Sunday School, the greatest lay movement since Pentecost, was
founded by a layman. Robert Raikes was the crusading editor
of Gloucester Journal. After becoming frustrated with ineffi-
cient jail reforms, Raikes was convinced vice could be better
prevented than cured. While visiting in the slum section of
the city, he was distressed with the corruption of children.
Raikes shared the problem with Rev. Thomas Stock in the vil-
lage of Ashbury, Berkshire. They conceived of a school to be
taught on the best available time–Sunday. They decided to
use the available manpower–laymen. The curriculum would be
the Word of God, and they aimed at reaching the children of
the street, not just the children of church members.
The movement began in July, 1780, when Mrs. Meredith
conducted a school in her home on Souty Alley. Only boys at-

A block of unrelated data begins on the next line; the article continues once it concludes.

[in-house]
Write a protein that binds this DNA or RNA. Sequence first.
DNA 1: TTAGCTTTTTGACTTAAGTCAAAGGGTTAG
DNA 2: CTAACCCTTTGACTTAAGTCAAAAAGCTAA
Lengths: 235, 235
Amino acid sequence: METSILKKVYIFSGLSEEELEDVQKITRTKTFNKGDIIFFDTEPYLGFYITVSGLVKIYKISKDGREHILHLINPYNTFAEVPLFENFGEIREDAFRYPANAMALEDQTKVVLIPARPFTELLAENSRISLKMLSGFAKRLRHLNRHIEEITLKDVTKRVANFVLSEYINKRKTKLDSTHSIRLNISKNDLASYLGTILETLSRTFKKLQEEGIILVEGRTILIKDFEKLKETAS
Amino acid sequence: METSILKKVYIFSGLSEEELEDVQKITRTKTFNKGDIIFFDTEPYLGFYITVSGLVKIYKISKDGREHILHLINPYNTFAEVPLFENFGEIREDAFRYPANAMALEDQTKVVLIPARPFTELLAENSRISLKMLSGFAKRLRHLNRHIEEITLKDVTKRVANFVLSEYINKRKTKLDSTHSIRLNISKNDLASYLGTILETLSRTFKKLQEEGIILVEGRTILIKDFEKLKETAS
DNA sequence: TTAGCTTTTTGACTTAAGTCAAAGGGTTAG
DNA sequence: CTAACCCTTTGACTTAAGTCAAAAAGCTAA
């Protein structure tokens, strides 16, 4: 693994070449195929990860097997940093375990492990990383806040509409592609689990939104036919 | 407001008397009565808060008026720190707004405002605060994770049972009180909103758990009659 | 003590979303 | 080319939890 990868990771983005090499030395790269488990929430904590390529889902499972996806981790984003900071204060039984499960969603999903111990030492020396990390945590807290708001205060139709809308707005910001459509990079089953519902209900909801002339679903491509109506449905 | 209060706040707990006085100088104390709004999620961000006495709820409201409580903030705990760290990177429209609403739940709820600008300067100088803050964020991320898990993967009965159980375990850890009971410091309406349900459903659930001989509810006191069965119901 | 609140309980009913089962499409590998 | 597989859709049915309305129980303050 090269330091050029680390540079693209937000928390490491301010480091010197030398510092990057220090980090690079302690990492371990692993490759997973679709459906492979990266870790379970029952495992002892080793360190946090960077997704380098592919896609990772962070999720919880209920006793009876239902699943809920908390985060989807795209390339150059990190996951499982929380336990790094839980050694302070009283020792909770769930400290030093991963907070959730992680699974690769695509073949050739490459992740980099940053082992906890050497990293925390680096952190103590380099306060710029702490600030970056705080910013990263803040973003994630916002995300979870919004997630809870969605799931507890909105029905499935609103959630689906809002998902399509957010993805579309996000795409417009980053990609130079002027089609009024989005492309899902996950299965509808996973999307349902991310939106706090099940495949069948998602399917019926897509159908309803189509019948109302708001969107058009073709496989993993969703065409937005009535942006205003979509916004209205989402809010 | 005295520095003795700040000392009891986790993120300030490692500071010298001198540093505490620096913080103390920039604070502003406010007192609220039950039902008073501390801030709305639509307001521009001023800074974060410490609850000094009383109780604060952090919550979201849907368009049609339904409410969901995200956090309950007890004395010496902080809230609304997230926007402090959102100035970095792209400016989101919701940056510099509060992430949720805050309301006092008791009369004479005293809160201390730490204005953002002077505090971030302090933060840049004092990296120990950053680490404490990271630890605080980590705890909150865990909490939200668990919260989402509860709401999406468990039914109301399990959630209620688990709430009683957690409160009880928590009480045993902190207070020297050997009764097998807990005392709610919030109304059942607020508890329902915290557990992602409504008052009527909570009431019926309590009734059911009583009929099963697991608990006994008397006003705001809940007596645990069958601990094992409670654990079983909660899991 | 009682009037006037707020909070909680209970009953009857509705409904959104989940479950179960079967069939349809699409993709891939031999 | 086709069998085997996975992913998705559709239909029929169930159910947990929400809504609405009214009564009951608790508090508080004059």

tended, and she heard the lessons of the older boys who
coached the younger. Raikes wrote four of the textbooks, but
the Bible was the core of the Sunday School. Later, girls
were allowed to attend. Raikes shouldered most of the finan-
cial burden in those early years.
Within two years, several schools opened in and
around Gloucester. On November 3, 1783, Raikes published an
account of Sunday School in the columns of his paper. Excite-
ment spread. Next, publicity was given the Sunday School in
Gentlemen’s Magazine, and a year later Raikes wrote a letter
to the Armenian Magazine.
Raikes died in 1811. By 1831, Sunday School in Great
Britain was ministering weekly to 1,250,000 children, approx-
imately 25 percent of the population.